The chief medical officer of Cigna said his company was close to achieving a 25 percent reduction in coverage of opioid prescriptions, a priority it set last year.

“That’s only the first of our goals,” said Alan Muney, MD.

Insurer Harvard Pilgrim said its coverage of opioid prescriptions has declined by over 20 percent since 2014.

“That’s not enough.  This feels like a balloon where you tap on one end and it comes out somewhere else. So it doesn’t mean we’re even close to solving this,” said Michael Sherman, MD, chief medical officer of Harvard Pilgrim.

Insurers clearly have the ear of the federal government when it comes to opioids. As PNN has reported, an obscure federal advisory group composed of insurers, law enforcement, and federal and state regulators has discussed eliminating opioid prescriptions for acute pain, as well as paying doctors not to prescribe opioids.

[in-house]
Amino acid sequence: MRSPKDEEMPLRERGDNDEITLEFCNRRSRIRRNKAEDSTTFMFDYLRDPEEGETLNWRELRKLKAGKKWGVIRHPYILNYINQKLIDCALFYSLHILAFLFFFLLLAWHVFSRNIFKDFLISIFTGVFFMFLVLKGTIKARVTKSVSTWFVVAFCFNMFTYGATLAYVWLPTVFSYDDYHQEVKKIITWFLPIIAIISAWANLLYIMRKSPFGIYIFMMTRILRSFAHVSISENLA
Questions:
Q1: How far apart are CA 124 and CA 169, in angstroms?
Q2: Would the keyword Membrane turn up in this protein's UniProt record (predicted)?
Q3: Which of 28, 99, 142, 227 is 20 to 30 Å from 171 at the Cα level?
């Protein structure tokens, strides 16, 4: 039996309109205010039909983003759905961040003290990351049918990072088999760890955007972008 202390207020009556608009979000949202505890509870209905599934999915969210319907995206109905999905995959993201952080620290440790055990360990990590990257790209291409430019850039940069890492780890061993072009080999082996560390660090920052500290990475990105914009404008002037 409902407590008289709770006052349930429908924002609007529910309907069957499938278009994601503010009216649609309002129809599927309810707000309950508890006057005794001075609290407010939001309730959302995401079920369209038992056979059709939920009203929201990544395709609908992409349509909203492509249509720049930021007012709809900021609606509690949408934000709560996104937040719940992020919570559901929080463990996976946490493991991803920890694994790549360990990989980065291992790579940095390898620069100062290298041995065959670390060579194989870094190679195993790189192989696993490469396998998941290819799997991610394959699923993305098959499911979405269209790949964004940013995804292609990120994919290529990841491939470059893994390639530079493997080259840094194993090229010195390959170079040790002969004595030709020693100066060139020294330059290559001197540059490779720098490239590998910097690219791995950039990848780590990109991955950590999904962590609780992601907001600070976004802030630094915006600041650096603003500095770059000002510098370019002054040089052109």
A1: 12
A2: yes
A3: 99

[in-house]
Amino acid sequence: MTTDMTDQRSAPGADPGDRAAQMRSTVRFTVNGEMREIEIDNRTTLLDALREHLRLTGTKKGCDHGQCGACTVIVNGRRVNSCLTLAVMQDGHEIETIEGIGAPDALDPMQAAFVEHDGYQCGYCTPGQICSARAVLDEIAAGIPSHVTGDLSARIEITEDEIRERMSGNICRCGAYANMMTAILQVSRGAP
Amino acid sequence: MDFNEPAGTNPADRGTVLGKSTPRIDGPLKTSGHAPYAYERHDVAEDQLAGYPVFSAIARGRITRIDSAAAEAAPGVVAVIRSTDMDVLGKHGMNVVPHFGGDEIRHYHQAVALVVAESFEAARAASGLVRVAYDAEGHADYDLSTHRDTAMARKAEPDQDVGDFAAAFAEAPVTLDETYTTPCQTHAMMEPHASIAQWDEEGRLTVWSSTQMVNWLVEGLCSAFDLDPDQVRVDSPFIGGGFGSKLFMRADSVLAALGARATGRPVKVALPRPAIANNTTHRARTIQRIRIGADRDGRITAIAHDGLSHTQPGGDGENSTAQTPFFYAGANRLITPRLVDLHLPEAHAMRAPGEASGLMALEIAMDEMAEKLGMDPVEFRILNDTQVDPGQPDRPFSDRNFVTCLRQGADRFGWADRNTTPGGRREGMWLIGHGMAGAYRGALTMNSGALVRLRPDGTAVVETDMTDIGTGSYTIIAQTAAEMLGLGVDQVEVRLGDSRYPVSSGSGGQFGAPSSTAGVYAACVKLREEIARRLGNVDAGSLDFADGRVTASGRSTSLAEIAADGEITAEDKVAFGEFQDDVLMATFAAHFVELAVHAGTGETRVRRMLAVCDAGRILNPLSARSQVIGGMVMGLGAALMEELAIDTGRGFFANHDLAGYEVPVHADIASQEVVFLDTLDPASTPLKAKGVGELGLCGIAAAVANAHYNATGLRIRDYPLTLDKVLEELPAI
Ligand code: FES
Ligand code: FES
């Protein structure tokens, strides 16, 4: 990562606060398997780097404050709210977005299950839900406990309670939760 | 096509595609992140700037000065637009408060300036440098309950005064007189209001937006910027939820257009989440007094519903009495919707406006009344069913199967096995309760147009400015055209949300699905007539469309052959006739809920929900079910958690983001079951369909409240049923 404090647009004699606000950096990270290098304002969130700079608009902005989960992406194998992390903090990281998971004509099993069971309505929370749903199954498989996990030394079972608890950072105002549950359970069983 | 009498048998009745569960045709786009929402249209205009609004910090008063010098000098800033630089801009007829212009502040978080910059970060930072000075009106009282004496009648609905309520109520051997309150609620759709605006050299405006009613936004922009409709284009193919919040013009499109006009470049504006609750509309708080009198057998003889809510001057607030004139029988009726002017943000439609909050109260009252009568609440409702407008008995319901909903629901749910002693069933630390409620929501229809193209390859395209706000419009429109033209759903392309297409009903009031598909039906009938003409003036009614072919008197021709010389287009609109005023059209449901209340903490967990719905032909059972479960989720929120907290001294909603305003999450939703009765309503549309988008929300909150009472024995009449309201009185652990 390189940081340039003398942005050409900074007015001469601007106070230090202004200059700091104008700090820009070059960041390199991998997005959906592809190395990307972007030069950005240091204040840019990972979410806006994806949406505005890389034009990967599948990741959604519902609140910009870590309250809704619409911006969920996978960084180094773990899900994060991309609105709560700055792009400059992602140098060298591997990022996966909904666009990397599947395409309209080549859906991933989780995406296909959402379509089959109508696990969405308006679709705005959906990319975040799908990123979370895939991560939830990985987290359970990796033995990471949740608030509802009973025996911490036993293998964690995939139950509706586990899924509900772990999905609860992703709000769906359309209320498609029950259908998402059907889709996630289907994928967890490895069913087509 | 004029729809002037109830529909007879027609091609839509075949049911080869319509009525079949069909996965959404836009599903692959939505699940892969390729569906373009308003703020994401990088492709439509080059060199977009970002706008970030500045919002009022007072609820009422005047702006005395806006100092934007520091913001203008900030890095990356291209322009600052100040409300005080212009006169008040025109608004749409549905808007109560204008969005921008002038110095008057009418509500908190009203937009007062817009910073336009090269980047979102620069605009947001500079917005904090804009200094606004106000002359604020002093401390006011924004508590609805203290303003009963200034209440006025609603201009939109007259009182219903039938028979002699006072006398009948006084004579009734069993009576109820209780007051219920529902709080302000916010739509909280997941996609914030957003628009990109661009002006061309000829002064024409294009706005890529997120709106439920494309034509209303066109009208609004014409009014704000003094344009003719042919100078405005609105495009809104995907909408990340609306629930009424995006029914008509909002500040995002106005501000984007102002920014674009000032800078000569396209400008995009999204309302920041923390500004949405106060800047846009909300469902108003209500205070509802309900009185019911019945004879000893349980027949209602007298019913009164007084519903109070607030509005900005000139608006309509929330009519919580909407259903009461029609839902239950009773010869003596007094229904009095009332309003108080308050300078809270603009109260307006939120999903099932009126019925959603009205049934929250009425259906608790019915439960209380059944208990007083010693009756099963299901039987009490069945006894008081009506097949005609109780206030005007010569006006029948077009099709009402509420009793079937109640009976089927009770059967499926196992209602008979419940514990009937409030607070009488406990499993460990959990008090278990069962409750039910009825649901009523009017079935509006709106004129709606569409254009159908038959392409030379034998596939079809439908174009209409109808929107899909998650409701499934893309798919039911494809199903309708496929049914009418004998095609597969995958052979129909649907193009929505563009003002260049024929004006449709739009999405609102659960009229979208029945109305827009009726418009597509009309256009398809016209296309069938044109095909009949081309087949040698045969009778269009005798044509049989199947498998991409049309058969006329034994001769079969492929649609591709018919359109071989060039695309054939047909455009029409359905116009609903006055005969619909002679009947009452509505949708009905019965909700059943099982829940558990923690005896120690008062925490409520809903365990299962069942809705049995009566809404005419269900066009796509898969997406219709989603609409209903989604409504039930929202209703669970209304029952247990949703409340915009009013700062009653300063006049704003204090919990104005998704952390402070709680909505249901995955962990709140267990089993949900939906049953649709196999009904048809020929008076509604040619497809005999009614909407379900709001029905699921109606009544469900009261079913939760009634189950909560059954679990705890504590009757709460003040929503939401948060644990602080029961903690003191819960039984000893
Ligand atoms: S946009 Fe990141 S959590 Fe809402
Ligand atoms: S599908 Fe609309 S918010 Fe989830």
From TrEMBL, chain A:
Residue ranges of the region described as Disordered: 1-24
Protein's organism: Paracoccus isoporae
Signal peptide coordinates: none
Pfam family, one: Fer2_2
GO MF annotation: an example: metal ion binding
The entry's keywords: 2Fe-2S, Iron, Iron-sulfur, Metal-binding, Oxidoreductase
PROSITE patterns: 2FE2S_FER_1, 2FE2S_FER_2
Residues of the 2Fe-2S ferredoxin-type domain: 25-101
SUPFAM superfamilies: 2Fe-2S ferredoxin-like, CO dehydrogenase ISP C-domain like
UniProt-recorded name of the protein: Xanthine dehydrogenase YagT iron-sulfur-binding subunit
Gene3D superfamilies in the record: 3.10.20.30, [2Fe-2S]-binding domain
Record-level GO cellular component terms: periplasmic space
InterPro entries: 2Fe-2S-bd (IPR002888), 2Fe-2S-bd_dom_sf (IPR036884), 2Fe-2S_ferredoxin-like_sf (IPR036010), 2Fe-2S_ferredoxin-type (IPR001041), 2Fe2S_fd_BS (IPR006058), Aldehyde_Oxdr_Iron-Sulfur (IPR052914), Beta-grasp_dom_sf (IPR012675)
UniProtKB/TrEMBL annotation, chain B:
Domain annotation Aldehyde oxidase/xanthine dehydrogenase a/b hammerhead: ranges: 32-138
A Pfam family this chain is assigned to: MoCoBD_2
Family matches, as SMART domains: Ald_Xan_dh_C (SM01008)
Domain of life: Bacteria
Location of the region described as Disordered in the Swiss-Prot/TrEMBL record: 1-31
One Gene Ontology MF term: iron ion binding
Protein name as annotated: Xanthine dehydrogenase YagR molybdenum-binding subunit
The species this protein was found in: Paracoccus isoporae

The Healthcare Fraud Prevention Partnership also wants access to the “personally identifiable and protected health information” of 57 million Medicare beneficiaries to see if they are abusing opioids.

Reducing Opioids a ‘Win-Win’

Labor Secretary Alexander Acosta said reducing opioid prescriptions was important to get unemployed Americans back into the workforce. He cited a recent study that found that about a third of unemployed men aged 25 to 54 were using prescription painkillers.